It will feel uncomfortable (and maybe that's ok).
Being a human is filled with emotional discomfort, yes?
Being a human that makes things that they care about deeply is filled with an extra special dose of discomfort.
Over the past five years, I've had a front row seat to the mashup of feelings (and resulting indecision) of dozens of makers and business owners— especially my own— and can say with total confidence that discomfort is what unites us. So, yay.
We are uncomfortable because....
- Creating is vulnerable, and most of us have unresolved emotional crap and inadequacies that come to the surface when we're vulnerable.
- It's so easy to over-identify with our work, and the work is, well, unpredictable. Sometimes it totally bombs. We are wired to avoid precarious situations!
- Creative work makes us aware of the weirdness of capitalism, and the presence of privilege and power.
- We just want to be seen and validated; we are tender humans.
- Creating what we feel called to do means pioneering new things, and new things are lonely. (All the cool kids are doing things together.)
- Creating is full of contradictions and gray area (for instance, trying to make a living making art).
- We're freaked out we'll be misperceived. Again: tender humans!
Basically: creating amplifies all of our neurosis.
Eventually, we get stuck.
We start to expend tons of energy by...
- Over-consider every decision (because it feels very life and death).
- Compare our work to everyone else's.
- Feeling like we need to go back to school (or read another book, or listen to another podcast...)
- Chasing external validation.
- Saying 'yes' to everything, because choosing feels way too scary.
- Farting around on the internet.
Dear friends, I have no solution.
I have written this blog post half a dozen times because I'm my most intense writing critic, and it's all is perfectly on-point with the topic. Applause, please.
There are plenty of Notable People who will tell you to PUSH THROUGH THE DISCOMFORT AND SHOW UP, but I would offer a slightly different approach:
Just notice it. Name it. (Really— write it down, or say it to yourself. I am feeling super uncomfortable right now. Here I am.) I'm continually amazed by the power of just observing something— ideally, with some compassion. Get curious about it. What can it teach you?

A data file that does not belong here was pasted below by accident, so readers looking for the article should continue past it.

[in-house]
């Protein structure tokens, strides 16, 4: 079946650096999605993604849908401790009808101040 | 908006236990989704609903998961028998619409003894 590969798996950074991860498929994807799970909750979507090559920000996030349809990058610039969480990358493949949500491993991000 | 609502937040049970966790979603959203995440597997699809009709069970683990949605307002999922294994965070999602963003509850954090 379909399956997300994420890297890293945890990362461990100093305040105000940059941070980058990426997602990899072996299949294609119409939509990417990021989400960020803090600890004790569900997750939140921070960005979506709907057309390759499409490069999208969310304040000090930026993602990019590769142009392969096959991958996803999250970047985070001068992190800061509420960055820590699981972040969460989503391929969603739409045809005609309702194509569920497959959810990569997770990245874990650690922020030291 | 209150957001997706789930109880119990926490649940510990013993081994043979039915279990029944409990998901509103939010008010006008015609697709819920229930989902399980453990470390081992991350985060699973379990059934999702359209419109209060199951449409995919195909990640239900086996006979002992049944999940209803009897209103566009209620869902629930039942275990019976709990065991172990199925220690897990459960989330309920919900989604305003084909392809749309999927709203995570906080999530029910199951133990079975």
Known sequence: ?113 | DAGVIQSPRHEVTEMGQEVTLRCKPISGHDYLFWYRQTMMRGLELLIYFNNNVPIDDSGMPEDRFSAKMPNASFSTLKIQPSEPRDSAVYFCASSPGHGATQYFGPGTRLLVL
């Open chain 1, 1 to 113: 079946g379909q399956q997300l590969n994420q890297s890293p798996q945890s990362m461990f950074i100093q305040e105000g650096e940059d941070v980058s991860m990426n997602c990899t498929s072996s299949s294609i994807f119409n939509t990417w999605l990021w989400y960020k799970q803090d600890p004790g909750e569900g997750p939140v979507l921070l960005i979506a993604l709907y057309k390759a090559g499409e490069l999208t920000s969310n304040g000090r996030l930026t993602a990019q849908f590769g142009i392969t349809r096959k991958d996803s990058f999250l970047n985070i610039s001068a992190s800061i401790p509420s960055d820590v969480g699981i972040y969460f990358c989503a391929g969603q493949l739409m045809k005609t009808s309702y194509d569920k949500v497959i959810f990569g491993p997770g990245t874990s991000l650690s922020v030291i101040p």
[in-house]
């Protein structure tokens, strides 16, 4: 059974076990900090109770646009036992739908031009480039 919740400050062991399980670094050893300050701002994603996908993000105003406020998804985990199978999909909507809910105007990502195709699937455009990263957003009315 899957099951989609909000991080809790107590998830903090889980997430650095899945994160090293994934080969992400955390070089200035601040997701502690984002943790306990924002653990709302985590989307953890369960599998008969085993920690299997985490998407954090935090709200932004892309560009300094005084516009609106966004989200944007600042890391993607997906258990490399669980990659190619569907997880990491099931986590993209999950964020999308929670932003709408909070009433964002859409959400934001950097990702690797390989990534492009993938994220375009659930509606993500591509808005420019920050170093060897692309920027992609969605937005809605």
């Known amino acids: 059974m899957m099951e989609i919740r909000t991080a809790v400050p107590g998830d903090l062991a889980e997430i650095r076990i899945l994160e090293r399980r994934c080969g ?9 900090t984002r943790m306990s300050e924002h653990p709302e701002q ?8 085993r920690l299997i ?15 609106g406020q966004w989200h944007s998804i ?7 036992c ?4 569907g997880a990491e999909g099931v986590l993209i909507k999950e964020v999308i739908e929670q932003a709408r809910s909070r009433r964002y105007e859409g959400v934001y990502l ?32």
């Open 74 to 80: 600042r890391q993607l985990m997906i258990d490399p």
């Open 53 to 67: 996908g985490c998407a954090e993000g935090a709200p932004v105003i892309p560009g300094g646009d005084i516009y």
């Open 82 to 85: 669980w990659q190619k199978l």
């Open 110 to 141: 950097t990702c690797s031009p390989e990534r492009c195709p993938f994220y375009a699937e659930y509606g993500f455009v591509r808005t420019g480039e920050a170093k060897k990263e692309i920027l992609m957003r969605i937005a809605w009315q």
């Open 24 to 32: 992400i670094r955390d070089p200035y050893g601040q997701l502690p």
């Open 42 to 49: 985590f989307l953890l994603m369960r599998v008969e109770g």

Get comfortable with it. We are trained to believe that feeling uncomfortable is a negative thing. But really, it’s just information. There’s a lot to be said for noticing it— the discomfort— but not necessarily, or at least immediately, changing course. Sometimes discomfort is my gut telling me that something isn’t sitting right— that a choice isn’t aligned with what I really want or what I value. More often, discomfort is just my brain telling me that something feels new, strange, and uncertain. Our brains are wired for habitual action. (And they are wired to keep us safe from prey...but usually, the stakes aren't quite as high.)
Adapt an experimental mindset. Give yourself room to fail— it's what scientists do every day, and it's how they learn. An experimental mindset gives us some distance from what we're making, and allows us to observe the results as data.
Make efforts towards healing your childhood gunk. Many of us have patterns from early in our lives that have led us to being less risk-averse, and more uncomfortable taking up space. We have old narratives about who we are, and when we get in vulnerable situations, we step into these narratives. Therapists are awesome at addressing this! And therapy is often covered by insurance these days.
Get in your body. Breathe, stretch, walk, dance; our bodies override these left-brained impulses to save us from uncertainty. And, dear god, I lovingly insist that you get off the internet....
Phone a friend. Allow them to push you out of your own, currently toxic brain. Kindly.
Hit 'publish' on the damn post already, and notice that it feels way better to do something than it does to do something perfectly. Remember the onion.
Brené Brown' The Gifts of Imperfection (and, everything she writes)
Elizabeth Gilbert's Big Magic: Creative Living Beyond Fear
David Bayles' Art and Fear